Sunday, July 17, 2022

Keep Jogging Or Rest?

Picture by Richard Seow
For those of you old enough to remember former Singapore runner, Syed Ahmad Taha - he's the last Singaporean runner to run the 10,00m on the track in under 33 mins before Soh Rui Yong in 2012, and Melvin Wong in 2015 at the Singapore SEA Games. Syed ran the 10,000m in 32:41 min in 1990.

I remember watching him do interval training (the original HIIT) at the old National Stadium back in 1988. When I was a teenage runner, those intervals we did certainly did not have such a fancy name like HIIT. You run 15 intervals or repetitions of 400m with a one minute rest in between or the coach will say run 6 x 1km going every 5 minutes (meaning if you run your kilometer in 3:50 min, you get 1:10 min rest before starting again).

Syed Ahmad Taha was doing 25 x 400m with a 60 seconds rest and he would be lying on the track recovering while you could see his heart thumping away. He would spring back up as his coach told him to get ready for the next rep. No super shoes, no super spikes back then in 1990. Respect!

A quick question for all runners before reading the rest of this article. During your track intervals training, do you normally continue to jog/ run after the interval or just rest before starting the next rep?

Well, no prizes for guessing that this post compares active recovery (jog/ run) versus passive recovery (lying down or slow walk) between repeats during interval training.

The study had well trained runners do 4x 2:00 minute at their maximum aerobic speed at an outdoor track, with a 2 minute rest or 2 minute jogging between the intervals.

Resting (rather than jogging during the rest period) enabled the runners to work harder and spend more time at peak VO2. This is the whole point of interval training, to spend more time running in the 90-100 percent VO2 max region. The rest allowed the runners to suffer more. Perceived effort by the runners after each run was also lower with rest in between. The researchers concluded that complete rest is preferable for this type of workout. 

Some points to note. The runs were done at identical running speed. The runners may be able to run faster if they were allowed to run the interval at their own pace with a jog recovery since jogging (low intensity exercise) keeps the blood flowing, which eliminates lactic acid quicker to enable you to go faster at the next rep).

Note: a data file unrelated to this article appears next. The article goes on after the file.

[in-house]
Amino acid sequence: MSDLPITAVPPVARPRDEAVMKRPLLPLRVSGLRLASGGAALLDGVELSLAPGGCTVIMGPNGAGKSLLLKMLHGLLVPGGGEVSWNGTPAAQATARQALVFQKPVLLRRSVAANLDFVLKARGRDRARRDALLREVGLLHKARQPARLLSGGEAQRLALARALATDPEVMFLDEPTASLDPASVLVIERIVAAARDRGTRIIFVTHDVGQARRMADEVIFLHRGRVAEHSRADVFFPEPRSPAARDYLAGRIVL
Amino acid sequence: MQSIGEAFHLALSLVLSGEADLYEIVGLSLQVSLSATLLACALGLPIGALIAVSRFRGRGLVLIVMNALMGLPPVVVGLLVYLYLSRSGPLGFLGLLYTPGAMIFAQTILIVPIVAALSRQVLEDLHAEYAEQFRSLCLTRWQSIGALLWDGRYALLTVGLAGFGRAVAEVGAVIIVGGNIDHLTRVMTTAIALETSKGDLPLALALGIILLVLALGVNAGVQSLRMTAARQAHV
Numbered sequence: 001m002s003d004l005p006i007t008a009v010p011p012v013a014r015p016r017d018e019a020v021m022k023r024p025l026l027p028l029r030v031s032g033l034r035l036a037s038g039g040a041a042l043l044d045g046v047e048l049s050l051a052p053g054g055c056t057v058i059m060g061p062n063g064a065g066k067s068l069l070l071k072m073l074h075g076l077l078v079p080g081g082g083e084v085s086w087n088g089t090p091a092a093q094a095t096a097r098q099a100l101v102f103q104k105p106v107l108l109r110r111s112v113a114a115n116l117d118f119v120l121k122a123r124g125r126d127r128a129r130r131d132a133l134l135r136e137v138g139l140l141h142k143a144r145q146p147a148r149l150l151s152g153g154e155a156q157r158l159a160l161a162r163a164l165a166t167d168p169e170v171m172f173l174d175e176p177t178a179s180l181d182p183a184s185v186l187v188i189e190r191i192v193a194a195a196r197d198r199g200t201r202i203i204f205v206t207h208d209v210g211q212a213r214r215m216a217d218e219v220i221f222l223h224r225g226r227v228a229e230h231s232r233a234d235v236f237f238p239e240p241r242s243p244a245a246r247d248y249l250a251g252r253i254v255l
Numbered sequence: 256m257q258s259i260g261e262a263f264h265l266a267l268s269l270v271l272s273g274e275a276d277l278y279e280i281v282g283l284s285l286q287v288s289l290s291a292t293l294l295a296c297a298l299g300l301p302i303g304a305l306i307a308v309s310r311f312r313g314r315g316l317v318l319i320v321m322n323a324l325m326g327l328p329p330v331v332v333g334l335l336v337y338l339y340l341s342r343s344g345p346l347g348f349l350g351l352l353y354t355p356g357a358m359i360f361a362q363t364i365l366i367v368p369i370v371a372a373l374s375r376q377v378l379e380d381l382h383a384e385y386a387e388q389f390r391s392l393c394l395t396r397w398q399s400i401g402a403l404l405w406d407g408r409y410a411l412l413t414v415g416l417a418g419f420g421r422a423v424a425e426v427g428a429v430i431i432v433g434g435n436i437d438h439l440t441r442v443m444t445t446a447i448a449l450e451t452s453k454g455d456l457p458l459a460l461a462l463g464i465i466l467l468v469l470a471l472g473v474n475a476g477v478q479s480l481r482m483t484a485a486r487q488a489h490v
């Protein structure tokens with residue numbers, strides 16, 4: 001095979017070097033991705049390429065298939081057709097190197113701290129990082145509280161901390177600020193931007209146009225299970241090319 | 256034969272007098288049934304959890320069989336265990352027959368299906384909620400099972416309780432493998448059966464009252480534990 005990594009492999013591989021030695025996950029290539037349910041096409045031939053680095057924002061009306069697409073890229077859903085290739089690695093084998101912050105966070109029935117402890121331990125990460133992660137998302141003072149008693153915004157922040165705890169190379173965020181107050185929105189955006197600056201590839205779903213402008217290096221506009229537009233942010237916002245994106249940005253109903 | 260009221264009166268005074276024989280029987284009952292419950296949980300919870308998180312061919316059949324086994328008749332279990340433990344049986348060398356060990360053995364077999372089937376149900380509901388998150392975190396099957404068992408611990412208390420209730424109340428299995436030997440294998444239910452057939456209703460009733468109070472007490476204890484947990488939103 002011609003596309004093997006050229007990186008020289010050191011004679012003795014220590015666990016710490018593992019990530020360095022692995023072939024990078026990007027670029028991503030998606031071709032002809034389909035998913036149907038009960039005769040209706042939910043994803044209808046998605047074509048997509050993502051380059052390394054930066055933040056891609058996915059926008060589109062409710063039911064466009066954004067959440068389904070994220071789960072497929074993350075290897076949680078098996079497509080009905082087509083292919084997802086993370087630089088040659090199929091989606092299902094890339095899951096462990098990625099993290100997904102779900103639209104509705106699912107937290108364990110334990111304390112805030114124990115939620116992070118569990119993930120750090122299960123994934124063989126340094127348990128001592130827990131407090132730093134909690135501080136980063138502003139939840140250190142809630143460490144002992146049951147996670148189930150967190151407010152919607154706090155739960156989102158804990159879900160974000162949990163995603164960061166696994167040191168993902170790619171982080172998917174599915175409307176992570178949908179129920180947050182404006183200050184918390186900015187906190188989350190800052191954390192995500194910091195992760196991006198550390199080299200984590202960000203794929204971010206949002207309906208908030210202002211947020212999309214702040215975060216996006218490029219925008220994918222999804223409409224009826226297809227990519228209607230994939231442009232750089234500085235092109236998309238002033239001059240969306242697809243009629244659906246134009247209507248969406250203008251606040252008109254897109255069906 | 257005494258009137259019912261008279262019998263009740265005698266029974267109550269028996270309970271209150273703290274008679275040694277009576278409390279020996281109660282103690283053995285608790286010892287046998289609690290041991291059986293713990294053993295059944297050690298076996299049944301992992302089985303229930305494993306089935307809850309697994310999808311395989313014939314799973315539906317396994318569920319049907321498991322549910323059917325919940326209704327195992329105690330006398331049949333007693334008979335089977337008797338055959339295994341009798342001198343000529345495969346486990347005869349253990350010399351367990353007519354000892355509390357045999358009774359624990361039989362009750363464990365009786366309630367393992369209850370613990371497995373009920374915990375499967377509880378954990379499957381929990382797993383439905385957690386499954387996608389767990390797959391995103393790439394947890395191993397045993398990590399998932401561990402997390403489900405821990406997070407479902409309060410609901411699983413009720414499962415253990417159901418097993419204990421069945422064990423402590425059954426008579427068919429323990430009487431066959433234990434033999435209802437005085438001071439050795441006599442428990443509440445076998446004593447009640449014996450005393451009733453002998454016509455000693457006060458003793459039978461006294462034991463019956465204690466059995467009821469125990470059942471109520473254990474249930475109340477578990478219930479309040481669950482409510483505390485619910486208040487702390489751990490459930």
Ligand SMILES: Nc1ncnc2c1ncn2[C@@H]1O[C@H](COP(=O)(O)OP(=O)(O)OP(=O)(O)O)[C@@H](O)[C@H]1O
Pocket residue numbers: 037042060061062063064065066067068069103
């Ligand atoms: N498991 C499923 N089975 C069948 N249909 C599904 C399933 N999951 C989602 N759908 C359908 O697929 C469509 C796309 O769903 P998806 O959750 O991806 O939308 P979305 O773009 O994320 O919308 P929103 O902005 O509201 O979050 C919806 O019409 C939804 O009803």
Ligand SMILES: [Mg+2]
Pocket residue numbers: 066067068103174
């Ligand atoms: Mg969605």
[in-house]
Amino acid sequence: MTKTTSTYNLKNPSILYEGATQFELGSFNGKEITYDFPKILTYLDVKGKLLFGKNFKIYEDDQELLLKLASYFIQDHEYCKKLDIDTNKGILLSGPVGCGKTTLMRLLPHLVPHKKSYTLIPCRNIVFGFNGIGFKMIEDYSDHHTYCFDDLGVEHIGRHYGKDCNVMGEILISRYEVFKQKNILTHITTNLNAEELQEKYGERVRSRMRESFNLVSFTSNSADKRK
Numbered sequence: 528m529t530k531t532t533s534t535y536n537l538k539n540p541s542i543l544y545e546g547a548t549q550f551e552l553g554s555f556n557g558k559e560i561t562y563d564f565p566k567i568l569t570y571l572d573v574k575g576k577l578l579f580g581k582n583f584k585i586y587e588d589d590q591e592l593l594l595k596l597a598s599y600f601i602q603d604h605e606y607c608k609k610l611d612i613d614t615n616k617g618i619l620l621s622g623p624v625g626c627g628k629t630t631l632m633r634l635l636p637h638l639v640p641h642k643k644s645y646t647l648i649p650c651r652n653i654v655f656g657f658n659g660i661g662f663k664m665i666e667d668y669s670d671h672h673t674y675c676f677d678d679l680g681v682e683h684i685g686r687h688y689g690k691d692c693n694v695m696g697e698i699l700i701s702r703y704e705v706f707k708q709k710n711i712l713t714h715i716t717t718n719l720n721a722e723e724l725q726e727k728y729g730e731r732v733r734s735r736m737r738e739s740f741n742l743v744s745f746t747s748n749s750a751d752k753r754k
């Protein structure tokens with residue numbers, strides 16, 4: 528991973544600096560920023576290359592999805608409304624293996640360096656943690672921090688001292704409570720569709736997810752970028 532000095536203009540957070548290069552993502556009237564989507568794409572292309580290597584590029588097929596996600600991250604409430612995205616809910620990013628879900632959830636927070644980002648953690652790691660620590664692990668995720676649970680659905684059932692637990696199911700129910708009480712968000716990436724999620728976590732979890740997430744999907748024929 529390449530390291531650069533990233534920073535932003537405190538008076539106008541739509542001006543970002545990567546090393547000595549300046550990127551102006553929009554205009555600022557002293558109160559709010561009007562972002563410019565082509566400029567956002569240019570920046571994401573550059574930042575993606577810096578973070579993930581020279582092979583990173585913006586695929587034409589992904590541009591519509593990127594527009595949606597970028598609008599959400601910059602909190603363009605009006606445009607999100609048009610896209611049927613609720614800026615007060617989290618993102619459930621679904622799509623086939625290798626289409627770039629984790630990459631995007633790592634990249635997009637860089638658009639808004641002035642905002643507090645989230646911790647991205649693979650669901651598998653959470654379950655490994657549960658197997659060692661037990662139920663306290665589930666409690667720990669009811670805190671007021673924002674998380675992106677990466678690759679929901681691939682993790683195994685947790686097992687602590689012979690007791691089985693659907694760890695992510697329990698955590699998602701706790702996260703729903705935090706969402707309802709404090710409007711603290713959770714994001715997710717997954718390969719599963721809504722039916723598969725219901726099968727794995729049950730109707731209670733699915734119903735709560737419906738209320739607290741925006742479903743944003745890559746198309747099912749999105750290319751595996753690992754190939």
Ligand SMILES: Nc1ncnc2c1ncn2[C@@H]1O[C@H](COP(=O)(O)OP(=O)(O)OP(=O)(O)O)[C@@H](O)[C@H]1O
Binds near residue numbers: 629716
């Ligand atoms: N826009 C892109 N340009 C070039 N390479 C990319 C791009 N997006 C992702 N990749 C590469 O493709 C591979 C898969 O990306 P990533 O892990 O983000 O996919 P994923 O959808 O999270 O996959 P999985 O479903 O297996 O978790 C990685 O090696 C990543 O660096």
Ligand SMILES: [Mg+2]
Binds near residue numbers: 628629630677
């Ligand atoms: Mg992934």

Lactate (or lactic acid) levels were only measured after the workout was over, lactate levels were significantly higher (6.93 vs 6.24 mmol/ L) while the runners rested. 

The question I'm pondering on is whether to make your workout harder or easier? Is standing still to rest better since your muscles are filled with lactic acid and you get to practice running in that state? 

Or is jogging better since you can train your body to eliminate lactic acid quicker form your bloodsteam and thus enabling you to run faster. Perhaps, you can do complete rest while training for your next race this year and do the jogging rest for the same race next year and see which gives a better race timing. Definitely a good study topic for researchers.

If your goal is to run each rep as quickly as possible, then you are better off resting or just walking a little, if the recovery time is a minute or under since resting helps to restore phosphocreatine, which fuels your sprints and the starting stages of your longer runs. (This is why some athletes that require frequent sprints in the sport - hockey, basketball, football etc take creatine) which can be a separate post. 

However if your rest period is 2 minutes or longer, light jogging may possibly help you run faster since you are actively clearing lactic acid and other metabolites.


Reference 

Sanchez-Otero T, Tumil JL, Boullosa D et al (2022). Acive Versus Passive Recovery During An Aerobic Interval Training Session In Well-trained Runners. Euro J Appl Physiol. 122(5): 1281-1291. DOI: 10.1007/s00421-022-04926-2.

No comments:

Post a Comment